Politech is the oldest Internet resource devoted to politics and technology. Launched in 1994 by Declan McCullagh, the mailing list has chronicled the growing intersection of law, culture, technology, and politics. Since 2000, so has the Politech web site.
Peter Junger, encryption law warrior, R.I.P.
I just learned from Case Western's law school that Peter Junger died at
73 last week. The Plain Dealer's obituary is here:
I first encountered Peter during his courageous First Amendment lawsuit
against the federal government over the constitutionality of
anti-encryption regulations. When I taught a class at Case Western a few
years ago, Peter was kind enough to be a guest lecturer.
When CyberPatrol made legal threats over software that decrypted the
"secret" blacklist, Peter said on Politech that the software was
"seriously useful" and "educational" and that the DMCA was a threat:
In addition to being a law professor (and, more recently, a professor of
law emeritus), Peter was an active blogger, Buddhist, and system
administrator. I recall Peter telling me he gave up his office (which he
would be otherwise be entitled to) at the law school in exchange for
being able to colocate his samsara.law.cwru.edu Red Hat Linux server at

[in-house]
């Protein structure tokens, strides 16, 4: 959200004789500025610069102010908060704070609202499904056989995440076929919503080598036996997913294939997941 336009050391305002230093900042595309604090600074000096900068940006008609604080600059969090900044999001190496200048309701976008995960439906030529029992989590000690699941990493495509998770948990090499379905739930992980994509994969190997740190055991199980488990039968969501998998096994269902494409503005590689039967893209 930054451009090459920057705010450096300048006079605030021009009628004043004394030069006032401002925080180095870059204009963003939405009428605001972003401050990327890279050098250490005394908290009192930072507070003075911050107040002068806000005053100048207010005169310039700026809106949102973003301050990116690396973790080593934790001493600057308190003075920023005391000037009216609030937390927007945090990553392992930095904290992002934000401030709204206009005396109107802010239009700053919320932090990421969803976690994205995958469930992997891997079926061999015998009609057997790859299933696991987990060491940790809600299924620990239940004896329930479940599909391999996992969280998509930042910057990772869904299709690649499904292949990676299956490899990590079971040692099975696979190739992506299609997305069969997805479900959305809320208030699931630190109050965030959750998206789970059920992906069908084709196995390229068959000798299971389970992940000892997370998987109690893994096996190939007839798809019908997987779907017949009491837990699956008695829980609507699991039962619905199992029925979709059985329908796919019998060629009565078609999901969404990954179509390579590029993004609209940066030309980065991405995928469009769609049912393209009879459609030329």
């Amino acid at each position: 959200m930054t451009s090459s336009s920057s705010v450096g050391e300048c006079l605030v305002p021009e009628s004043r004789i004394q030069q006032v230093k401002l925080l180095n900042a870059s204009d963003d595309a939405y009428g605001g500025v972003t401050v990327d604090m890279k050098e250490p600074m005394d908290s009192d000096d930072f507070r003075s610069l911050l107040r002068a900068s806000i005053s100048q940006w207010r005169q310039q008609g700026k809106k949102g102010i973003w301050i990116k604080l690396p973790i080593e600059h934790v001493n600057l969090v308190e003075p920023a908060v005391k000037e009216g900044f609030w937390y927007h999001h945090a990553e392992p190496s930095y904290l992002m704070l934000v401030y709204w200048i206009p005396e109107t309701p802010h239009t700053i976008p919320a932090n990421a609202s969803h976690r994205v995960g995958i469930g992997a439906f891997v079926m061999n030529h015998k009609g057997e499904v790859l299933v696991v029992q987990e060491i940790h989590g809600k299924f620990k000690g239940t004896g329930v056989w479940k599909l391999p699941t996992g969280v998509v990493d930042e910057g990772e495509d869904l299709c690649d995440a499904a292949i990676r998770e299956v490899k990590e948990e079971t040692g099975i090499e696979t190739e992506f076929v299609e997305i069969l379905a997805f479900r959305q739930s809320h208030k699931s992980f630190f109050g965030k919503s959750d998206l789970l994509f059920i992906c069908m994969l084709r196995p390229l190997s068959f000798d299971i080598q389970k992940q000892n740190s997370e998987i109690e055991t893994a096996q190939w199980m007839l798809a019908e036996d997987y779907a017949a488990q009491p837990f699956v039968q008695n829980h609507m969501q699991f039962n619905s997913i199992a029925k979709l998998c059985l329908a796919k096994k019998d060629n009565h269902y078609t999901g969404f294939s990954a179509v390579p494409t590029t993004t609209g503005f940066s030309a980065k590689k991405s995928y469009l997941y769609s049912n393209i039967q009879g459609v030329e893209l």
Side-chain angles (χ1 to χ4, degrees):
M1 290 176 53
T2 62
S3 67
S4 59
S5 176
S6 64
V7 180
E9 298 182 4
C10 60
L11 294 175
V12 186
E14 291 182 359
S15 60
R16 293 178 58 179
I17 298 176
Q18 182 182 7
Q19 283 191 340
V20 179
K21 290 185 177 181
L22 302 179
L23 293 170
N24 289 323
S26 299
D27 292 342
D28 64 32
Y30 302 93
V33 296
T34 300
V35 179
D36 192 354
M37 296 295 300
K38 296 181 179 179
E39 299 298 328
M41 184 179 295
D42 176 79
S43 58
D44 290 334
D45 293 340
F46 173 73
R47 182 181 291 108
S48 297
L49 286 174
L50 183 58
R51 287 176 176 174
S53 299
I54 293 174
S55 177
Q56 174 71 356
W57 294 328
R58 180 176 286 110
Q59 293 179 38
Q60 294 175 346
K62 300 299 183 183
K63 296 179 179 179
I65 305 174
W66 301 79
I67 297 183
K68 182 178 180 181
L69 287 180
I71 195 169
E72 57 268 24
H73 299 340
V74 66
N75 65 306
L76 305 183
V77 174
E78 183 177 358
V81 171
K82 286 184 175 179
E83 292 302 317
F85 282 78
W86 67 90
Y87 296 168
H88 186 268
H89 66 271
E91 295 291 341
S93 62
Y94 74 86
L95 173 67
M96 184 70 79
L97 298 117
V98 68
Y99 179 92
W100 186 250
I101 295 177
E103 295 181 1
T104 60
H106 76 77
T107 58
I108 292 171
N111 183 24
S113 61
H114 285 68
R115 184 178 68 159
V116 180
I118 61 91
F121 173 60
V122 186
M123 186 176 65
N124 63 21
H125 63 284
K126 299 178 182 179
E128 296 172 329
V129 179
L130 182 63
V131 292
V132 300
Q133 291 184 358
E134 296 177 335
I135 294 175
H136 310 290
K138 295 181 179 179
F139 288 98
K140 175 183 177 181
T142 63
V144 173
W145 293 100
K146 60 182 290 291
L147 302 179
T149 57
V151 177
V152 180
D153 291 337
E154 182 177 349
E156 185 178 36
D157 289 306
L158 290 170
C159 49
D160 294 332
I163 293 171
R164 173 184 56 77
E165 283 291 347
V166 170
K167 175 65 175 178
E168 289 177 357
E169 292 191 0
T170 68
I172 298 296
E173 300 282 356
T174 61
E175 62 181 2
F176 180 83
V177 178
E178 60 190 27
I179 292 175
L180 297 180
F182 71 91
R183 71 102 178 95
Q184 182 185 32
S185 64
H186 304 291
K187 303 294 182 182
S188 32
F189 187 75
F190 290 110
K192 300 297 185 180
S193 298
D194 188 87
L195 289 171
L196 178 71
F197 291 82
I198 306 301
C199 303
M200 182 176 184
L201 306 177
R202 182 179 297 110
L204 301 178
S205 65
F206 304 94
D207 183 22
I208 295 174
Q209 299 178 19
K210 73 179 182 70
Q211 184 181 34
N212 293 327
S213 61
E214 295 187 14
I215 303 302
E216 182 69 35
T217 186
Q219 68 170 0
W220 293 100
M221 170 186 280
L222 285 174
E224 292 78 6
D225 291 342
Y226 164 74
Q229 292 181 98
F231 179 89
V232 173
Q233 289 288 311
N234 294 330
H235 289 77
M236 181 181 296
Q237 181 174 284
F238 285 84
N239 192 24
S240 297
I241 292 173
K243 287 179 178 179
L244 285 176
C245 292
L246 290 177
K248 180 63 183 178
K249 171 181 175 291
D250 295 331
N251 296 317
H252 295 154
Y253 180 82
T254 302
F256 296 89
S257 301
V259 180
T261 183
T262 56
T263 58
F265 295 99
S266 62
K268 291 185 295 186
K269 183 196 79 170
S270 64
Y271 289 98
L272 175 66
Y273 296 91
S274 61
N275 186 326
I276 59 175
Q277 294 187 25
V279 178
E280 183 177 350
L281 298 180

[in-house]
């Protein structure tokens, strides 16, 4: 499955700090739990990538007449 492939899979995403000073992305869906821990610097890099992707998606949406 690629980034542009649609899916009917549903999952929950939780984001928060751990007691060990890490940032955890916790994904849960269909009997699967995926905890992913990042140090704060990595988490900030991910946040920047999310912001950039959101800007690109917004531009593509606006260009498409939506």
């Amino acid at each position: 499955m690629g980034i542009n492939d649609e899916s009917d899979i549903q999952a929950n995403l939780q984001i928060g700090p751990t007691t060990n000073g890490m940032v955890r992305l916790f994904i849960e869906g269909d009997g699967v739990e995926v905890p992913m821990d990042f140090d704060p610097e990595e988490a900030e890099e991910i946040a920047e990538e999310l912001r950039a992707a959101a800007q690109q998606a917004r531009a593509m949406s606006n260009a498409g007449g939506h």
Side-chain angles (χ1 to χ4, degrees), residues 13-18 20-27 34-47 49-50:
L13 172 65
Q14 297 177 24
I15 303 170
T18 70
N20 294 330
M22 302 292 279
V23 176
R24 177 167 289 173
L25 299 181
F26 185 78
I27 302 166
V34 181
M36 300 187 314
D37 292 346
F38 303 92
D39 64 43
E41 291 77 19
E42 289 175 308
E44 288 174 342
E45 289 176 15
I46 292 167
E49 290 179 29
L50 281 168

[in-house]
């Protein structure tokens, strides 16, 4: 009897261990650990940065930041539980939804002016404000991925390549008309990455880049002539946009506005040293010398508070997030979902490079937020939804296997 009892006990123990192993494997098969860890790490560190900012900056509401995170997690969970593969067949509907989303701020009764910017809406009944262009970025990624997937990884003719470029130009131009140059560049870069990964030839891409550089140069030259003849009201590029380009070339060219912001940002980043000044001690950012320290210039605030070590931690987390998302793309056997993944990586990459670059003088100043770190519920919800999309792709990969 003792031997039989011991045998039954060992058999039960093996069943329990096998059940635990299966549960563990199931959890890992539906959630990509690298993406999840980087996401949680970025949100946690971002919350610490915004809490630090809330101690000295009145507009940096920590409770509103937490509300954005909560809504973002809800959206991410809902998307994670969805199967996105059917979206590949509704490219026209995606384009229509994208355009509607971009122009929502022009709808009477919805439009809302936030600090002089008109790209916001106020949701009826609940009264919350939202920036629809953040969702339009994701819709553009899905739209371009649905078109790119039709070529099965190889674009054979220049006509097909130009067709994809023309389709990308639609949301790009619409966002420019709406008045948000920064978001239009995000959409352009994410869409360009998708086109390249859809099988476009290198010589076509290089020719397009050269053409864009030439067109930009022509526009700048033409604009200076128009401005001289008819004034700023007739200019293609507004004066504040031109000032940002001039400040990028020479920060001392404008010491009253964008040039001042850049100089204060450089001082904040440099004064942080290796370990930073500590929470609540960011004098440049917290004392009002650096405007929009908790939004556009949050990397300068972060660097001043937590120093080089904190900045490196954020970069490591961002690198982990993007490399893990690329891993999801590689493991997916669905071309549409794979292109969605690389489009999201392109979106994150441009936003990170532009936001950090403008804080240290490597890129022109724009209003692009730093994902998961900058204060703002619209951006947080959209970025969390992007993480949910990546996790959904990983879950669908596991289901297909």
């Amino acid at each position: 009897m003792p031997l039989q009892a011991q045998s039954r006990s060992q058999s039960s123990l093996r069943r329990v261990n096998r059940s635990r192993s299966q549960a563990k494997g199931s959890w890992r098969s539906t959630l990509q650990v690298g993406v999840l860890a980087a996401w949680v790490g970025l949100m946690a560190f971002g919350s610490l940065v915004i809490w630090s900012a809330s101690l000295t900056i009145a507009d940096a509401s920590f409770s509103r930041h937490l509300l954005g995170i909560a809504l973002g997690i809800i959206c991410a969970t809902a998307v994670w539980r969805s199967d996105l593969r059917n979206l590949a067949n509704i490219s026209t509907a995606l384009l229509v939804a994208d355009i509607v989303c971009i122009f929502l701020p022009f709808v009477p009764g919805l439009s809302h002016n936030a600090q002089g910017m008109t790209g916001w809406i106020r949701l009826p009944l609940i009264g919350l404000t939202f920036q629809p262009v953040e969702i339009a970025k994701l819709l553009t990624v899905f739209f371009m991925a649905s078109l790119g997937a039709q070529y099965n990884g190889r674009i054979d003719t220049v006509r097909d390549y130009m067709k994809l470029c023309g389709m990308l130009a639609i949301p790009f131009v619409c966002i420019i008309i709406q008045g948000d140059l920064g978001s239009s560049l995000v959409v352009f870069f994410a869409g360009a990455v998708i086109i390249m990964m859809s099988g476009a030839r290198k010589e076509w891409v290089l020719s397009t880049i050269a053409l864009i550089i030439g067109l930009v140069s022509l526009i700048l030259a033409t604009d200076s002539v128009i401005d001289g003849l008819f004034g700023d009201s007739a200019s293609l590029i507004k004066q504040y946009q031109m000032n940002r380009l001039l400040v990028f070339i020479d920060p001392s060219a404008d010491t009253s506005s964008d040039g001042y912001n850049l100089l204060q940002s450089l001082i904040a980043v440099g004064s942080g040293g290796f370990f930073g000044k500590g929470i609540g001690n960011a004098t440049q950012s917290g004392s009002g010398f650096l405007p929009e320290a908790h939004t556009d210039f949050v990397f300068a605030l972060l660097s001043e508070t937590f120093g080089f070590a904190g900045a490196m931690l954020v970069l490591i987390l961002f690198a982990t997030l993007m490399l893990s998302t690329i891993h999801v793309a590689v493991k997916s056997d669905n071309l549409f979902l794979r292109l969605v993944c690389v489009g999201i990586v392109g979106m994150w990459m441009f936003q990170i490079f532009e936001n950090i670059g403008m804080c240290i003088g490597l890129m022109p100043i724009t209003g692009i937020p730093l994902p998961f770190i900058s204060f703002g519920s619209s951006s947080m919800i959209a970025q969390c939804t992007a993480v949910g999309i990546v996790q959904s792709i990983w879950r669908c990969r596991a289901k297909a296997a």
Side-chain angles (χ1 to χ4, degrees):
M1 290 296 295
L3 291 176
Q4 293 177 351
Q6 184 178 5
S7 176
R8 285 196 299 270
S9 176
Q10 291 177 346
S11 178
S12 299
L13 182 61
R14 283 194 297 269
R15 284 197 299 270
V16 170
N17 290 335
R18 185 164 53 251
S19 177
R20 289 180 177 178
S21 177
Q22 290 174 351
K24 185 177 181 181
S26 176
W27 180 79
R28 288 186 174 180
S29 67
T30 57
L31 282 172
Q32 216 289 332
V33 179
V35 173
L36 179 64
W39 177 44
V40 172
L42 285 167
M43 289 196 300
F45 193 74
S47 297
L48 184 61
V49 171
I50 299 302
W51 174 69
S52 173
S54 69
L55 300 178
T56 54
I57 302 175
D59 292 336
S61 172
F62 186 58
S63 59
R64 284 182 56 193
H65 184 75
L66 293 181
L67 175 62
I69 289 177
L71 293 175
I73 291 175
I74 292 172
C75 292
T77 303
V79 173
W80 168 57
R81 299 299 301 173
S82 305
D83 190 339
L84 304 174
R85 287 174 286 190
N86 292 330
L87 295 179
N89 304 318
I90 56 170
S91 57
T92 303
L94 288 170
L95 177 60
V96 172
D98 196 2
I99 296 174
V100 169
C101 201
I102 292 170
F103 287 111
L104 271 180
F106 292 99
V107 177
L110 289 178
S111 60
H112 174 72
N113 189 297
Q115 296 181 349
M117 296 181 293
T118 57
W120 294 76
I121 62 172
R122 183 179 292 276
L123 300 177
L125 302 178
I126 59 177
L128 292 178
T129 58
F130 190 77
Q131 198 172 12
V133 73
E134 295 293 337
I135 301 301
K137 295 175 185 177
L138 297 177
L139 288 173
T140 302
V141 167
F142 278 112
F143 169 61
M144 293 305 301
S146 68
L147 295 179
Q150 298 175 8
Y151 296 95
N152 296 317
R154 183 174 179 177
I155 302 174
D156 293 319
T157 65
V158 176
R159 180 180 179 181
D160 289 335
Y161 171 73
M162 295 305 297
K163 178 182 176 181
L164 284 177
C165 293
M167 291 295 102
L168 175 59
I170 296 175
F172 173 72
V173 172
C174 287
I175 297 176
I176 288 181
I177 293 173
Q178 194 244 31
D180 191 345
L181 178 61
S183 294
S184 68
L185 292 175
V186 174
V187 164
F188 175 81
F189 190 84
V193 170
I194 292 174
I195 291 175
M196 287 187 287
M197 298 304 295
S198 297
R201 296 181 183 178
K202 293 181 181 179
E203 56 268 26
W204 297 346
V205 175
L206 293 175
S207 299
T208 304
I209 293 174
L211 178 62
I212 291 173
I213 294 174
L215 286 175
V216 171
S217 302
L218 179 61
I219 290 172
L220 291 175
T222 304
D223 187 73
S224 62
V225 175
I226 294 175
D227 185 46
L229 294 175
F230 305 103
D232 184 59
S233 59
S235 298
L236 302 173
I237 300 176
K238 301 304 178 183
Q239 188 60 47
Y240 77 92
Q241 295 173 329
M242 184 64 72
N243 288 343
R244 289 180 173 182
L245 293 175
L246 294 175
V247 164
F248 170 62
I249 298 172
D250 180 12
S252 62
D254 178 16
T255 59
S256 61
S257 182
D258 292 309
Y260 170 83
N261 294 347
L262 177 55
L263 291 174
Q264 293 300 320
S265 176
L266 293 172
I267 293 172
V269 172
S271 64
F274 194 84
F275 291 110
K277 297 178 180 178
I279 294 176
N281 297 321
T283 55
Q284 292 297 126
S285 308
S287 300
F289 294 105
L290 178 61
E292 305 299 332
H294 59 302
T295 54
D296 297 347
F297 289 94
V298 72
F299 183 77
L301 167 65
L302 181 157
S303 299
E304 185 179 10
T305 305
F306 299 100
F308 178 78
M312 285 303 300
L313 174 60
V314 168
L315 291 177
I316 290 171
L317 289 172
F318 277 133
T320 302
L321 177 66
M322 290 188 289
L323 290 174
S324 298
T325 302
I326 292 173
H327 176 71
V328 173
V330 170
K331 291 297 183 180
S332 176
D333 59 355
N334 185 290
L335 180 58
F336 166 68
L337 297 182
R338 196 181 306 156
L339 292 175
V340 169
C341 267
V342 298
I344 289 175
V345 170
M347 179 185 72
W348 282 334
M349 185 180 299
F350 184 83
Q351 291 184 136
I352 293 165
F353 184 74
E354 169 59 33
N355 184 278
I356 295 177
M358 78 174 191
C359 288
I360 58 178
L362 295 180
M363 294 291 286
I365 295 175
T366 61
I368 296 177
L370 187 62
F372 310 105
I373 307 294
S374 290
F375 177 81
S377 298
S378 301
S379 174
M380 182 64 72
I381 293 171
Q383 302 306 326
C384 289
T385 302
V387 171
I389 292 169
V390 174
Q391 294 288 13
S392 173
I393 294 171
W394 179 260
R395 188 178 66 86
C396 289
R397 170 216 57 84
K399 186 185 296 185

the law school instead.
Up until his death Peter was working on an article with the typically
blunt title of "You Can't Patent Software; Patenting Software is Wrong."
A draft is here:
And an excerpt: "As I argue in this article at what most of you will
consider excessive length, the Supreme Court was right in holding that
computer programs are no more patentable than are mathematical
inventions like the calculus or logical truths like De Morgan's law that
``NOT (A AND B)'' equals ``NOT A OR NOT B''. Computer programs are
texts, not machines as some lawyers have confused themselves into
believing, and thus they may be copyrighted and protected by the First
Amendment, but they are not patentable as machines. Computer programs
are indeed processes, but they are not patentable processes because what
they process is information and what they produce is information, not
some modification of material goods or articles of commerce. The simple
fact is---though the reasons for it may be hard for most lawyers to
grasp---that, as the title of this article puts it: ``You can't patent
software: patenting software is wrong.''"
I'm told the Cleveland Buddhist Temple is holding a memorial service for
Peter on Saturday and that the law school is planning one soon.
Posted by Declan McCullagh on Nov 30, 2006
in category free-speech
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